Wednesday, May 11, 2011

Sexual Assault in the Peace Corps

The front page of today's The New York Times: Peace Corps Volunteers Speak Out on Rape

This issue is of great personal importance to me not just as a female Returned Peace Corps Volunteer, but as a woman who suffered daily sexual harassment while on the job. As many of you may know, I was attacked once in a banana field. That was not the only incident. Thank God nothing more serious happened to me. Many of my fellow volunteers in Paraguay and other countries were not as lucky.

Please take a few minutes to sign the following petition asking that Peace Corps protect its volunteers and calling for anti-sexual violence legislation. Consider signing up for updates from the First Response Action blog to hear about other women who have suffered while serving as Peace Corps Volunteers abroad.

If you could take just two minutes from your day and sign the petition, me and hundreds of other women would be infinitely grateful.

Thank you.

Economic Development in the Peace Corps

Today a colleague of mine, Professor Miles Davis, invited me to appear on his monthly radio show about business social entrepreneurship. The topic for today was "Economic Development in the Peace Corps."

Check out the podcast of the radio interview (save the file and use any music software such as Winamp or iTunes to listen):

"Business" Today Live from Hilton Garden Inn with Miles Davis, professor at Shenandoah University

Friday, April 29, 2011

Mom, I can't talk now, I'm going to fly

“Mom, I’m just saying hi. I can’t talk now. I’m going to fly.” “Fly? Pooja, you know you’re flight is on Monday...” “No, I’m going to FLY. I’m going to hang glide. Talk to you later!”

So started my hang gliding adventures. To be honest, I didn’t know what I was getting myself into. I fell in love with paragliding after floating over mountain tops in Merida, Venezuela and was determined to “fly” again in Brazil. A friend suggested that I paraglide in Rio de Janeiro. I thought, “What better way to end my trip than by by floating over one of my favorite cities?” I headed to a travel agent and requested parapente schedules. “Parapente?” the travel agent repeated snidely. I thought that was the word...that’s what it is in Spanish...and I even used the correct Portuguese pronunciation of “chi” for the last syllable. “What you want is Asa Delta,” he told me. “Whatever.”

The scheduled date arrived. After a week of rain, a morning of sunshine appeared on the horizon. I headed to São Conrado, a beautiful beach next to Leblon, the richest neighborhood in Brazil. The guests at the Sheraton Hotel share the beach with the neighboring favela (slum) dwellers (next to every rich area and famous beach in Rio, there is a slum). From the beach, my pilot and his assistant drove us to our point of take-off, the peak of mountain Pedro Bonita. Suddenly I realized what was the difference between parapente and Asa Delta. I would be hang gliding, not paragliding. It may not seem like a huge difference from the ground, but from the air it involves one crucial, nerve-wracking fact. When I paraglided, a strong gust of wind lifted my pilot and I off the ground and up into the air. When it came time to hang glide, my pilot asked me if I was ready to jump. “Jump? Jump where?” I asked fearfully. “There,” he said as he pointed to a wooden ramp that looked like it was going to collapse any moment. I thought it might be too late to mention to him that I have, had, a fear of falling from heights. We practiced running before getting into position. “Ready?” he asked. I shut my eyes tight and did not open them until I was already hanging in the air. As I cannot describe the incredible feeling of flying in the air, I will have to show you.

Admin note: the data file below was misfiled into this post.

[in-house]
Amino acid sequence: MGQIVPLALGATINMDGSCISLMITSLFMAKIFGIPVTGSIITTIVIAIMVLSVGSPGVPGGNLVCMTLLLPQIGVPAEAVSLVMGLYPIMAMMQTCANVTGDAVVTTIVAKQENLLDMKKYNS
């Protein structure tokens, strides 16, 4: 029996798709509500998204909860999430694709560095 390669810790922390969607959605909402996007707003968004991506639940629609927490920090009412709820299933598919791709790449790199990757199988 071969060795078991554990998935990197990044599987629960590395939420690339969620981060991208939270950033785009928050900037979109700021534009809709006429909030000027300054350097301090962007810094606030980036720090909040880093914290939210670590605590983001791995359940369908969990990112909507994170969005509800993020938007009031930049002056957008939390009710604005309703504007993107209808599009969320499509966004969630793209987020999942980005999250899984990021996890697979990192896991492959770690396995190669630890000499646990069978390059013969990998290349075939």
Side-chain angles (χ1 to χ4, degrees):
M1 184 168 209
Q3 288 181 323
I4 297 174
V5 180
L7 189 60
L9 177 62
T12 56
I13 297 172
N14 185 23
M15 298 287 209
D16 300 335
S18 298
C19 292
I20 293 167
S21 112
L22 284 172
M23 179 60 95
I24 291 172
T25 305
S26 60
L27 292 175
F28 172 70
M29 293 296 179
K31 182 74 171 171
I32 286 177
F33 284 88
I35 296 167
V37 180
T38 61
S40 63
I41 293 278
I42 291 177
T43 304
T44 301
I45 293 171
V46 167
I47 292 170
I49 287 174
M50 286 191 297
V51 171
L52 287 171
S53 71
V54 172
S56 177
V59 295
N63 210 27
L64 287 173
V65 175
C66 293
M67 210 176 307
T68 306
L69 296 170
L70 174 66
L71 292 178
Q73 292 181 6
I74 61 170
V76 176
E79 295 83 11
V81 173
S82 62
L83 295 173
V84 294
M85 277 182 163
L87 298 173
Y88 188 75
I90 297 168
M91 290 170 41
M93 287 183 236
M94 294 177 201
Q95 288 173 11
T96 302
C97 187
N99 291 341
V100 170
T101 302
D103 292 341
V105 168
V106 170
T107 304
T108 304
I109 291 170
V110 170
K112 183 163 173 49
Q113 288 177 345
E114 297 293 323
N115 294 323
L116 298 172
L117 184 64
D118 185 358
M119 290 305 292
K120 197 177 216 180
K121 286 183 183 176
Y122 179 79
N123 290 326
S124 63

Carnaval da Rua

As much as we don’t want to admit it, we all form impressions of certain people based on ethnic or cultural stereotypes. In less than a week, my 50+ year-old Japanese-Brazilian Couchsurfer in Curitiba successfully shattered several of my illusions. When I first perused her profile, I thought that she seemed animated. Upon meeting her, my first impression proved true. The woman did not just have energy, she had spunk! I could hardly keep up with her as she ran around her apartment performing one task after another, the whole while talking about one thing or another. She did not fit in at all with my cultural expectations of elder Japanese woman as quiet, reserved, and traditional.

She took me to watch the pre-Carnaval bloco of the samba school Garibaldis and Sacis. A bloco typically consists of musicians from a samba school performing samba marchinha – the fast-paced samba that is played during Carnaval – on the streets. Often, members of the crowd will join in the festivities by bringing their tambourines and drums from home and playing along with the band. One word usually defines the dress code, “ridiculous.” The men are dressed in what I like to call “their skivvies,” sungas or Brazilian speedos, along with masks and accessories. The women have pieces of flare that enliven even the most mundane clothing. At the head of the bloco is a truck carrying the main singers and directors of the samba school. Around the truck is a throng of people hopping, skipping, and dancing frenetically. As the truck drives through the streets at a record-breaking speed of 5 MPH, the crowd follows, pushing each other to keep up the pace while avoiding actually leaving the frenzied mass of people that is constantly in danger of being run over by the 18-wheeler behind them.